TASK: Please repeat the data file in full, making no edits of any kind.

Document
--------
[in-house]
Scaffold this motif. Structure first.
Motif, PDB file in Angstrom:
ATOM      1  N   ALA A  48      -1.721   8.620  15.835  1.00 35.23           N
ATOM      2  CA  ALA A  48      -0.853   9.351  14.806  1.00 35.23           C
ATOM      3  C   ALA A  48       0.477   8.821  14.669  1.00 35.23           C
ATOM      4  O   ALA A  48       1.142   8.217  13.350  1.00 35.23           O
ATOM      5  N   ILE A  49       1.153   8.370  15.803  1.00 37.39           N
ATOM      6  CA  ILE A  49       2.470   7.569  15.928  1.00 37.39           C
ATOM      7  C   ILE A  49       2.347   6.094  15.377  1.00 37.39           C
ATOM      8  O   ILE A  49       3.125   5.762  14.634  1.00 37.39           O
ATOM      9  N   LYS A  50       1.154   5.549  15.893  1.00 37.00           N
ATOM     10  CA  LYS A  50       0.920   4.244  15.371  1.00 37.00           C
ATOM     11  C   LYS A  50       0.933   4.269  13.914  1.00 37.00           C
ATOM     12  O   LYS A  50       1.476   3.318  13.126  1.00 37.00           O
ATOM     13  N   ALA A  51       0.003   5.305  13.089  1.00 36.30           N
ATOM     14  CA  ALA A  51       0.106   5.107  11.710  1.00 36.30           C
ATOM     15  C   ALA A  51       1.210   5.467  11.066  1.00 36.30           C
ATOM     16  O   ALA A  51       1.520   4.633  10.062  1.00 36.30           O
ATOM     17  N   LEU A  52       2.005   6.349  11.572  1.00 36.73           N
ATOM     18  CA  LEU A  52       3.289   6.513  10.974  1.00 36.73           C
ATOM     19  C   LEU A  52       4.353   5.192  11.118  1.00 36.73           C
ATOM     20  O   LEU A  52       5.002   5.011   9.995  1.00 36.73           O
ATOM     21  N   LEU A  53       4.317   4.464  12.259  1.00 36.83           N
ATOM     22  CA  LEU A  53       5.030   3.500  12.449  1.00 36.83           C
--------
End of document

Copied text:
[in-house]
Scaffold this motif. Structure first.
Motif, PDB file in Angstrom:
ATOM      1  N   ALA A  48      -1.721   8.620  15.835  1.00 35.23           N
ATOM      2  CA  ALA A  48      -0.853   9.351  14.806  1.00 35.23           C
ATOM      3  C   ALA A  48       0.477   8.821  14.669  1.00 35.23           C
ATOM      4  O   ALA A  48       1.142   8.217  13.350  1.00 35.23           O
ATOM      5  N   ILE A  49       1.153   8.370  15.803  1.00 37.39           N
ATOM      6  CA  ILE A  49       2.470   7.569  15.928  1.00 37.39           C
ATOM      7  C   ILE A  49       2.347   6.094  15.377  1.00 37.39           C
ATOM      8  O   ILE A  49       3.125   5.762  14.634  1.00 37.39           O
ATOM      9  N   LYS A  50       1.154   5.549  15.893  1.00 37.00           N
ATOM     10  CA  LYS A  50       0.920   4.244  15.371  1.00 37.00           C
ATOM     11  C   LYS A  50       0.933   4.269  13.914  1.00 37.00           C
ATOM     12  O   LYS A  50       1.476   3.318  13.126  1.00 37.00           O
ATOM     13  N   ALA A  51       0.003   5.305  13.089  1.00 36.30           N
ATOM     14  CA  ALA A  51       0.106   5.107  11.710  1.00 36.30           C
ATOM     15  C   ALA A  51       1.210   5.467  11.066  1.00 36.30           C
ATOM     16  O   ALA A  51       1.520   4.633  10.062  1.00 36.30           O
ATOM     17  N   LEU A  52       2.005   6.349  11.572  1.00 36.73           N
ATOM     18  CA  LEU A  52       3.289   6.513  10.974  1.00 36.73           C
ATOM     19  C   LEU A  52       4.353   5.192  11.118  1.00 36.73           C
ATOM     20  O   LEU A  52       5.002   5.011   9.995  1.00 36.73           O
ATOM     21  N   LEU A  53       4.317   4.464  12.259  1.00 36.83           N
ATOM     22  CA  LEU A  53       5.030   3.500  12.449  1.00 36.83           C